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Top 20 strategic L&D terms learning pros should know

Career development is key to employee retention, and effective L&D initiatives start with an understanding of important learning concepts. Here are 20 of the most important.

In today's world of disruption and growth, workers need continuous learning to have a good employee experience and to help their employers close skills gaps. But leaders can't implement what they don't understand.

Employees are every organization's most valuable resource, but in today's tight hiring market, keeping them happy isn't easy. Moreover, companies will have a difficult time competing if they don't have skilled labor. Learning and development (L&D) and HR leaders need to focus on the latest methods for keeping employees skilled and must embrace a modern learning approach. The first step is learning important L&D concepts and then helping leaders across the organization understand their meaning and relevance.

Here are some of the L&D terms that are pertinent to creating a positive employee experience, lowering employee turnover and competing in a business world that's always changing.


Artificial intelligence uses computers and other machines to simulate human intelligence. As it relates to corporate training initiatives, companies are increasingly using it to personalize the learning experience. For example, an AI-powered tool might recommend a particular course for an employee based on an employee's job title or course preferences. Other AI use cases in learning and development include training warehouse workers to find items more quickly and career coaching to suggest potential job roles based on skills and job preferences.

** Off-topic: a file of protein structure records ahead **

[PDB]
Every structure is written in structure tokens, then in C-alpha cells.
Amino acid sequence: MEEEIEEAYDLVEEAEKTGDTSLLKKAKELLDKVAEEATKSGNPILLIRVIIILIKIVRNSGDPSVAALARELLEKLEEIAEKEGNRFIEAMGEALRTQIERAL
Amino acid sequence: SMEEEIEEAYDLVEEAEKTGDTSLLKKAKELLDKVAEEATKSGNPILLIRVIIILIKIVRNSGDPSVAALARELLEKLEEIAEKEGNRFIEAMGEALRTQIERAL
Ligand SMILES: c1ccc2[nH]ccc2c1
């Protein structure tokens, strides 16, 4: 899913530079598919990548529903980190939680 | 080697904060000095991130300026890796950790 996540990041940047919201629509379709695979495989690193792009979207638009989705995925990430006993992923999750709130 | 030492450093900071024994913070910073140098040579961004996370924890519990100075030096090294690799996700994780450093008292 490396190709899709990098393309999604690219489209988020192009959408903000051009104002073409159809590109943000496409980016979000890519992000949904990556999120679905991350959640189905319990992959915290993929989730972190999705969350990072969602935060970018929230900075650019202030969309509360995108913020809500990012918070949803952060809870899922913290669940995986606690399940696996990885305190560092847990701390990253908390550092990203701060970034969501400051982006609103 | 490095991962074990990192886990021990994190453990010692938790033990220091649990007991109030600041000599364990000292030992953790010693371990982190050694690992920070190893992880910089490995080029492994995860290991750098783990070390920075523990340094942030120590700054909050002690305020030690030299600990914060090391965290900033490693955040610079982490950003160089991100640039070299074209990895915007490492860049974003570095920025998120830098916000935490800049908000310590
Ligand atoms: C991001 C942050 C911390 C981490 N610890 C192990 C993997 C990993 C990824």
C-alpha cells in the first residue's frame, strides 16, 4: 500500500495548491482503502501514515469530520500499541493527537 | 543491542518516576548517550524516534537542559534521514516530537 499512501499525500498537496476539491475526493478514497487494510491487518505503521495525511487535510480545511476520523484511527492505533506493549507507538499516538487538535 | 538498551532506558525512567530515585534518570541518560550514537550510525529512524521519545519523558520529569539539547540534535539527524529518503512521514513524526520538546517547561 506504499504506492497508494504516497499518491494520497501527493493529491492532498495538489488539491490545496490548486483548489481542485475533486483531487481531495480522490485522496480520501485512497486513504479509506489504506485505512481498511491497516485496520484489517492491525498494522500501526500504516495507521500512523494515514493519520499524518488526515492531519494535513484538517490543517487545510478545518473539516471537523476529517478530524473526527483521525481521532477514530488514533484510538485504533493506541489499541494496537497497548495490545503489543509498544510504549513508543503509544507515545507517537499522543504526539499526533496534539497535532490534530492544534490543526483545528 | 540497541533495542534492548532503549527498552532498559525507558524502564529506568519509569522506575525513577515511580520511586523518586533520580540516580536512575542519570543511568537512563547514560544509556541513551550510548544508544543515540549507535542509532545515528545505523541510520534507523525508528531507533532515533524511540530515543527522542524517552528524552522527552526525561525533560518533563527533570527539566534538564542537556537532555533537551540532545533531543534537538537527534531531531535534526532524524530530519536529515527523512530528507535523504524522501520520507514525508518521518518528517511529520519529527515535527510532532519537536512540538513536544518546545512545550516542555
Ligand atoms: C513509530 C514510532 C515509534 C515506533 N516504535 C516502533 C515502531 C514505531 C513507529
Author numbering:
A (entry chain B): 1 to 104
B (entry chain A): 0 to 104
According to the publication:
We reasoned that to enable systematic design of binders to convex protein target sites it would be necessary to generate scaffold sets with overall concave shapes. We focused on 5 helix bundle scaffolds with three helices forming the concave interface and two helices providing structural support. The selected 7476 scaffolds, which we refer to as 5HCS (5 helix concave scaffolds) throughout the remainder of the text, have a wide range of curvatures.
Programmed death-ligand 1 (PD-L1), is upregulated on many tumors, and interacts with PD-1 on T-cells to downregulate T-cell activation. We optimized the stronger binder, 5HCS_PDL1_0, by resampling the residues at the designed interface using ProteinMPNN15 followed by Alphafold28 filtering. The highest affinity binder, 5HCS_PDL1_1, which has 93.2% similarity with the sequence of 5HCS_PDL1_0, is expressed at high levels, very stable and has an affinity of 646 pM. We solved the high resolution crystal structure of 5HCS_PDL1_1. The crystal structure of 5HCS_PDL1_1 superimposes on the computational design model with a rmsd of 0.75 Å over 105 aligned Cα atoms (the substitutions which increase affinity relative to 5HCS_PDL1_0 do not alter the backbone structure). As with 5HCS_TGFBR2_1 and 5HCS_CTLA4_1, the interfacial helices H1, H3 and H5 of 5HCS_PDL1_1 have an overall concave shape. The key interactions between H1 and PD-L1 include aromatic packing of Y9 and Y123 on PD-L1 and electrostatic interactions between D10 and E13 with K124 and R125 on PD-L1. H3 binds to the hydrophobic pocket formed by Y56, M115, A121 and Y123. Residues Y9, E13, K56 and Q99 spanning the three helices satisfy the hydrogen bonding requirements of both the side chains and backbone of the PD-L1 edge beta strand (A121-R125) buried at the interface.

Analytics is the process of discovering patterns in data and using those patterns to answer questions about business, customer preference and -- as it relates to upskilling and reskilling -- employees' learning needs and paths. For example, if data shows that 80% of employees got a particular question wrong on a training quiz, then the learning team can schedule a training session on that topic.


Augmented reality (AR) overlays computer-generated images, sounds or other elements onto the real view of the surroundings. It can provide a deeper experience during training, and employees are more likely to retain the material because of the technology's immersive nature. Some companies are using augmented reality to capture the loss of expertise when baby boomers retire. An example of AR in L&D is an employee learning an office layout by viewing the office through display glasses. In that case, the real view of the office would have overlays of helpful notes such as the "HR department sits here."

Here are some of the L&D terms that are pertinent to creating a positive employee experience, lowering employee turnover and competing in a business world that's always changing.

Collaborative learning

Collaborative learning involves two or more people learning new concepts in a group. For example, instead of a teacher taking charge of every aspect of learning, students share what they know, possibly suggest discussion topics or course materials and help each other with work problems. This approach is in contrast to solo study, where employees learn by themselves. Studies have found that people retain more information from discussions than from lectures or reading, so collaborative learning is often more effective than employees simply taking a course.

Continuous performance management

With continuous performance management, an employee and supervisor meet regularly to discuss the employee's goals and areas for improvement rather than meeting only once a year for an annual review. Continuous performance management helps employees stay agile, with the employee and supervisor setting smaller goals based on current business objectives rather than only setting yearly goals. In addition, continuous performance management strengthens the manager-employee relationship and enables continuous learning because the employee is continually receiving feedback.

Digital badges